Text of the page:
Penn Valley Courier Volume 1 No. 4 September 23, 2005
By Lori Woodhall
While Ready Springs is “officially” 49 years old, its roots go down deep. The Ready Springs Unified School District got its name from the two schools that were unionized on July 1, 1952: Indian Springs and Rough and Ready. The one-room Indian Springs schoolhouse still stands on Indian Springs Road, near the intersection of Spenceville Road (it was later a church and now a residence). Just down the road on Rough and Ready Highway was Rough and Ready School, which was destroyed in the 1994 Grauner Fire. Penn Valley resident Melvin Brown served on the Indian Springs school board for 12 years then another 10 on the unified board; his kids were third-generation Indian Springs School students.
Brown reflects on the process of establishing Ready Springs School: “It took three bond elections to get the bonds passed to approve it. So many of the old-timers thought, ‘If it was good enough for us, it’s good enough for the kids’. They couldn’t see the change.” Brown adds, “In the early 1950’s ranches were split into smaller lots and that brought in more families and children. We knew eventually there would be a lot of kids here.”
The bonds were passed on April 3, 1956. The four-room school was built and occupied in 1957 with about 50 students. Getting the work done required the generosity of many. The Blane family donated the septic system and access road. A neighbor used his dump truck and drag line to move gravel. “You couldn’t believe putting that road into that school in the middle of winter—mud, mud, mud,” Brown remembers. Neighbors put up fences.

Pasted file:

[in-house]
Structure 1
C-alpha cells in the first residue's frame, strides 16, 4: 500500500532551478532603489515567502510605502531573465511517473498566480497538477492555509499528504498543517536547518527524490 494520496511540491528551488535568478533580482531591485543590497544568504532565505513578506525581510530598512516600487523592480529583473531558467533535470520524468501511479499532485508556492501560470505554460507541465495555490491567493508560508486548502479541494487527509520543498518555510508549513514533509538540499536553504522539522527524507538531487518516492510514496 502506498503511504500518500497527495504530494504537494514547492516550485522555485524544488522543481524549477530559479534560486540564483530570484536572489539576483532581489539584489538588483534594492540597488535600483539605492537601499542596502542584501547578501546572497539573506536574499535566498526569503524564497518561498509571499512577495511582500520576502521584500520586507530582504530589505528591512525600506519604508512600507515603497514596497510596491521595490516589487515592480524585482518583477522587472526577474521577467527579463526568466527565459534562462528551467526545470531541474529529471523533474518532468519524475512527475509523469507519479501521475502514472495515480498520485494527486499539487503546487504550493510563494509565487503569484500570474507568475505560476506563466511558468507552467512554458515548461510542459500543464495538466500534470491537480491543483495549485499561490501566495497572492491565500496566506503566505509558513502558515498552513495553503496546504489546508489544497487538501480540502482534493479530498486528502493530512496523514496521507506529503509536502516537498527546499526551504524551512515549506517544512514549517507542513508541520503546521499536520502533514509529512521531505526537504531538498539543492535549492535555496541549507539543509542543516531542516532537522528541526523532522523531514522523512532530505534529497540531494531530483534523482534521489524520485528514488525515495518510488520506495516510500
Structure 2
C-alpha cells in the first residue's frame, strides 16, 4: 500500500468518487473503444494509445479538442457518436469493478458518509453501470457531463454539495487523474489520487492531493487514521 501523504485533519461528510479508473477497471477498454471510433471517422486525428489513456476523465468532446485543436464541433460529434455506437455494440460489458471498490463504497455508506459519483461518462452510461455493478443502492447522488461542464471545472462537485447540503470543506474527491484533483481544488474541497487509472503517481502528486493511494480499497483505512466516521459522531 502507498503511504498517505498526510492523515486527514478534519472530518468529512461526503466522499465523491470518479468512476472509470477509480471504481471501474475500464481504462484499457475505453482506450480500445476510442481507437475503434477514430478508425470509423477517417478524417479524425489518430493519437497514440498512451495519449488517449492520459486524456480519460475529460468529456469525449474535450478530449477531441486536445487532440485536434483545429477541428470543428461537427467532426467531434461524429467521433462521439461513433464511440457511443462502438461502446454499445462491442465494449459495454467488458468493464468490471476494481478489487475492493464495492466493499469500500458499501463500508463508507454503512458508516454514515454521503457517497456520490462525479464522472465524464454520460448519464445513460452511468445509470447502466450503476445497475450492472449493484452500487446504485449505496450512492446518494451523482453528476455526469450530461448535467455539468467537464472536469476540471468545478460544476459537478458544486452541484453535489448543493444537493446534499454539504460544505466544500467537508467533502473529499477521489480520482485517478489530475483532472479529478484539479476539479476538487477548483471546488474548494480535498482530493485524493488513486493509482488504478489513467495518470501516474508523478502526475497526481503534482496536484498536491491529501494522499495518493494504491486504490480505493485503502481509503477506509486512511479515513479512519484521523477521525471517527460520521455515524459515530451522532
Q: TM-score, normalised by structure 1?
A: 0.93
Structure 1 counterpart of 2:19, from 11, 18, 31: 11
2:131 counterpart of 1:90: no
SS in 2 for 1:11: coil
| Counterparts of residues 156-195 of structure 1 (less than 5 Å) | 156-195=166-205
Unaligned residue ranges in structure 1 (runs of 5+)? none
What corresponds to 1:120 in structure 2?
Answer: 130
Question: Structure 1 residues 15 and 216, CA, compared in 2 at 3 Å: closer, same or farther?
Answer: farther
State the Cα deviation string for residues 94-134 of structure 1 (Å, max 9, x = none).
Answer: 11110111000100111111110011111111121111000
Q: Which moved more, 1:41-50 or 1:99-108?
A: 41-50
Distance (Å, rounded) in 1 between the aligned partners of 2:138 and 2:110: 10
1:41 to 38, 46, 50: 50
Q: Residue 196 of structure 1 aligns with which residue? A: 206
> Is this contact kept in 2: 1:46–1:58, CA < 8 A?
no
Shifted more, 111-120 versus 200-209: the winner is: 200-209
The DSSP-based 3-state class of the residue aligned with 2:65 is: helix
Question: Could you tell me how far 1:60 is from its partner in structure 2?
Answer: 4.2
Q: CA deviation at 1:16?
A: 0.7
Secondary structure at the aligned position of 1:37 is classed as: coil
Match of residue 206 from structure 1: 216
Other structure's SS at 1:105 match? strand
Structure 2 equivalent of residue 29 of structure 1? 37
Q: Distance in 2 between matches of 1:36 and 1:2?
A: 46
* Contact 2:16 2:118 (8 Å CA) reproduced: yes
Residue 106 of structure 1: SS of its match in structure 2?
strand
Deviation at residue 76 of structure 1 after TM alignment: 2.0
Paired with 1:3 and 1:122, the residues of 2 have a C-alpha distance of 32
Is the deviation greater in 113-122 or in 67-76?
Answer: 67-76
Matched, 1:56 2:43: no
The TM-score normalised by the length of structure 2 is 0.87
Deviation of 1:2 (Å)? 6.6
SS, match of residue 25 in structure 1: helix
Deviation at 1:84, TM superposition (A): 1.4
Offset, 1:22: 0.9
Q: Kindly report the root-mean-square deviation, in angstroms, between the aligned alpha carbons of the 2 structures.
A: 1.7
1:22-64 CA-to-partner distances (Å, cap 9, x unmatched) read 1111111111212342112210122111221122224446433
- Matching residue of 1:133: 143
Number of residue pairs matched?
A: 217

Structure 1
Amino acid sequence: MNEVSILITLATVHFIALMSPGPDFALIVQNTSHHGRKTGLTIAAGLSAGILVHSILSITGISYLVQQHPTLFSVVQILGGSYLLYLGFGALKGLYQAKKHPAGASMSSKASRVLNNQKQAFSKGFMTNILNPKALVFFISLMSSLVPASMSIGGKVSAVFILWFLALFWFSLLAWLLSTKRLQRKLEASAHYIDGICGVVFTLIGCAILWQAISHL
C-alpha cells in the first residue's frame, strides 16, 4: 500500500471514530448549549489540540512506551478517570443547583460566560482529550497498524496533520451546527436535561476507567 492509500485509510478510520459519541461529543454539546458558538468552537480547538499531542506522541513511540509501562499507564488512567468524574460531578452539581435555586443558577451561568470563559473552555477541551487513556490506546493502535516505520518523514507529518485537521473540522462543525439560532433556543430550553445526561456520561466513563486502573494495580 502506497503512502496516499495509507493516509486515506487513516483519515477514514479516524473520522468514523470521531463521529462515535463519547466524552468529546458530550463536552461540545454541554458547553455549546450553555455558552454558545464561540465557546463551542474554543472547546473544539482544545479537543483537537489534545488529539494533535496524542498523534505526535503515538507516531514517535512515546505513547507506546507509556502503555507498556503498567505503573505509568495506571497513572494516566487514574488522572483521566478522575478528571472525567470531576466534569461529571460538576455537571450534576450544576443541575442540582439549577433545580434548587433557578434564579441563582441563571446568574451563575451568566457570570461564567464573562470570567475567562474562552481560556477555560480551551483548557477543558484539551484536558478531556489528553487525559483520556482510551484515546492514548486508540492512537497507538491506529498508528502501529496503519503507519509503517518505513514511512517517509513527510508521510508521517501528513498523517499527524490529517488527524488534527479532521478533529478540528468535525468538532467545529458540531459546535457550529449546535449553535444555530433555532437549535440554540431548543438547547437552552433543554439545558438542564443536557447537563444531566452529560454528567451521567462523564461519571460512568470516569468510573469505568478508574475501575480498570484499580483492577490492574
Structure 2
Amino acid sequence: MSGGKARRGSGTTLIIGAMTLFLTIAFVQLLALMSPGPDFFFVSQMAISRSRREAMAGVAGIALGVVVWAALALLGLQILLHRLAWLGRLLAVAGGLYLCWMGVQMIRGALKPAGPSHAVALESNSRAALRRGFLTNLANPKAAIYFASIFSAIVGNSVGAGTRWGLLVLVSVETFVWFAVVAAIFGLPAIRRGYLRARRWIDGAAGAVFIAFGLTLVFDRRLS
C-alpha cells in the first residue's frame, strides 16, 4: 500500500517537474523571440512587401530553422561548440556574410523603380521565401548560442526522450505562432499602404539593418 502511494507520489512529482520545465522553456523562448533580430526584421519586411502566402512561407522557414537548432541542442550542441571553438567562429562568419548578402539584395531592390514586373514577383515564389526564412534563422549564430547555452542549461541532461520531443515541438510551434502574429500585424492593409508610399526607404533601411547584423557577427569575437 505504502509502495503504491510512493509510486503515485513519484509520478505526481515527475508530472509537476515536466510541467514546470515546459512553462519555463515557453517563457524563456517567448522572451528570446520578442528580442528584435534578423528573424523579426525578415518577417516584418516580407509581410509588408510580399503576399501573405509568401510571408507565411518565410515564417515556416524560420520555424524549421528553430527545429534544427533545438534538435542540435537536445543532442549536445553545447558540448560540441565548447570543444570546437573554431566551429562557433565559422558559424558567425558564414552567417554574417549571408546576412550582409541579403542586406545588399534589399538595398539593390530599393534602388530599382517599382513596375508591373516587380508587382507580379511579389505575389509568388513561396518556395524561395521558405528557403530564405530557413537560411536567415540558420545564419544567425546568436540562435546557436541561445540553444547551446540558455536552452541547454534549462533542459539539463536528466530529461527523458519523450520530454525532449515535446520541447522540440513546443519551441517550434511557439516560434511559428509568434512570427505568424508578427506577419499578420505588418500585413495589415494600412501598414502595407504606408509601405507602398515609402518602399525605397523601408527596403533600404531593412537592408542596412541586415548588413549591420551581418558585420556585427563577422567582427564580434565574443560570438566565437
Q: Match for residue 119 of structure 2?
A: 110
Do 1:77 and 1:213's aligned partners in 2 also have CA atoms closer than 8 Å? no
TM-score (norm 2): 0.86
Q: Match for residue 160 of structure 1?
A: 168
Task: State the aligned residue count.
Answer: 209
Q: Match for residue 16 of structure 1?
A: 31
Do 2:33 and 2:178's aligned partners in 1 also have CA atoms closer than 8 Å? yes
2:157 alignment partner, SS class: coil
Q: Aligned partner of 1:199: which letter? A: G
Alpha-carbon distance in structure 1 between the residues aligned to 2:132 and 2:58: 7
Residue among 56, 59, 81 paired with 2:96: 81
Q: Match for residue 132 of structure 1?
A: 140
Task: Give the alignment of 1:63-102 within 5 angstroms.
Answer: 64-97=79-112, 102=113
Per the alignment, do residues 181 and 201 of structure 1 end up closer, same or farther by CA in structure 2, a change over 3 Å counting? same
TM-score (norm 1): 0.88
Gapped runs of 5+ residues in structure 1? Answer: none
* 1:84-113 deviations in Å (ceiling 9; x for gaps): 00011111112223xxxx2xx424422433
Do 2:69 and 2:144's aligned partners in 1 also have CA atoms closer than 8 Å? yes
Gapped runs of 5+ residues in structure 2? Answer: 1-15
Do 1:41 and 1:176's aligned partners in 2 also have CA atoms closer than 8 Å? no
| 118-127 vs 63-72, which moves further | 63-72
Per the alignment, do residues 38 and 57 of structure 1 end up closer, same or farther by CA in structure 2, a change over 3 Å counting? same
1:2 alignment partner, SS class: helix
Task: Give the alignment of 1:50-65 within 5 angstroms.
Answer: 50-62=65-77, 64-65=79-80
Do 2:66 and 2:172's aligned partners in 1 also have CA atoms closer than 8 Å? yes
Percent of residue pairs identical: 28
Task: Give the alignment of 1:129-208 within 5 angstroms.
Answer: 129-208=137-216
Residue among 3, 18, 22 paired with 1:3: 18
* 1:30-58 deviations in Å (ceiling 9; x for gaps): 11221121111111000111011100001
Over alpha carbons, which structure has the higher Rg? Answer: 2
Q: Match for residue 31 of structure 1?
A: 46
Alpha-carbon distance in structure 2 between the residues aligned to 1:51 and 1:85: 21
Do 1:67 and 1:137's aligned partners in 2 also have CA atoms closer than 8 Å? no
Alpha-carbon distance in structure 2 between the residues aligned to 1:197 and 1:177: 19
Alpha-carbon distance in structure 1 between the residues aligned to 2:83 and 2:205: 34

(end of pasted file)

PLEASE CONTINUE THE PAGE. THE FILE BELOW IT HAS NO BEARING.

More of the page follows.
Frances Gates, who sent three children through Ready Springs in the early years and served as librarian for 36 years, recalls, “There were no kindergarten classes that first year and just a small primary building. After sixth grade students transferred to other junior high schools.” On May 9, 1969, the old bell from Rough and Ready School was brought and dedicated to Ready Springs School.
Penn Valley resident Cindy Smith was part of the first class of kids who went all the way through Ready Springs, from kindergarten through eighth grade, graduating in 1974. “We had our graduation ceremony on the cement area where kids catch the buses now. There were about 30 of us,” she says. There were 298 enrolled at the school that year. Other things that were different, Smith remember, “Kids still got paddled back then. Not me. Some boys in our class did. It was a long wooden paddle with holes in it.” While she was there they built the multipurpose areas where the upper grades are now.
Ready Springs School celebrated its 40th anniversary in 1996; enrollment was up to 720 kids. A ceremony honoring the original five board members was held, where the district’s first administrator, Del Pharis, spoke of them, “They were of true pioneer stock. They saw what needed to happen.” In august 2004 current principal Susan Pastorini was hired as a full-time principal, replacing superintendent/principal Merrill Grand. That spring the decision had been made for the Ready Springs and Pleasant Valley school districts to share administrations. Ready Springs school board member Amanda Wilcox observes, “It allowed for more sharing of resources, more efficiency, better service and using taxpayers’ money more wisely.” In March of this year the school launched its P.A.C.E. program (promoting academics, community and exploration) to expand course offerings for 6-8thgraders and boosts its declining enrollment., Today the school has 273 students, 12 teachers and several part-time specialists.
The Rough and Ready school was established in March of 1868 and served five generations of Rough and Ready children. The school was closed in 1953, after being consolidated with another one room school. The new school, Ready Springs Elementary, located in nearby Penn Valley, serves approximately 350 children.
The old Rough and Ready Schoolhouse stood vacant until 1994 when it was consumed by the famous Trauner Fire that took out more than 500 acres of pine and oak woodland and more than 50 structures. A new family residence rose from the ashes having an exterior that replicates the original Schoolhouse. The owners conduct tours on special occasions as a special favor to the community.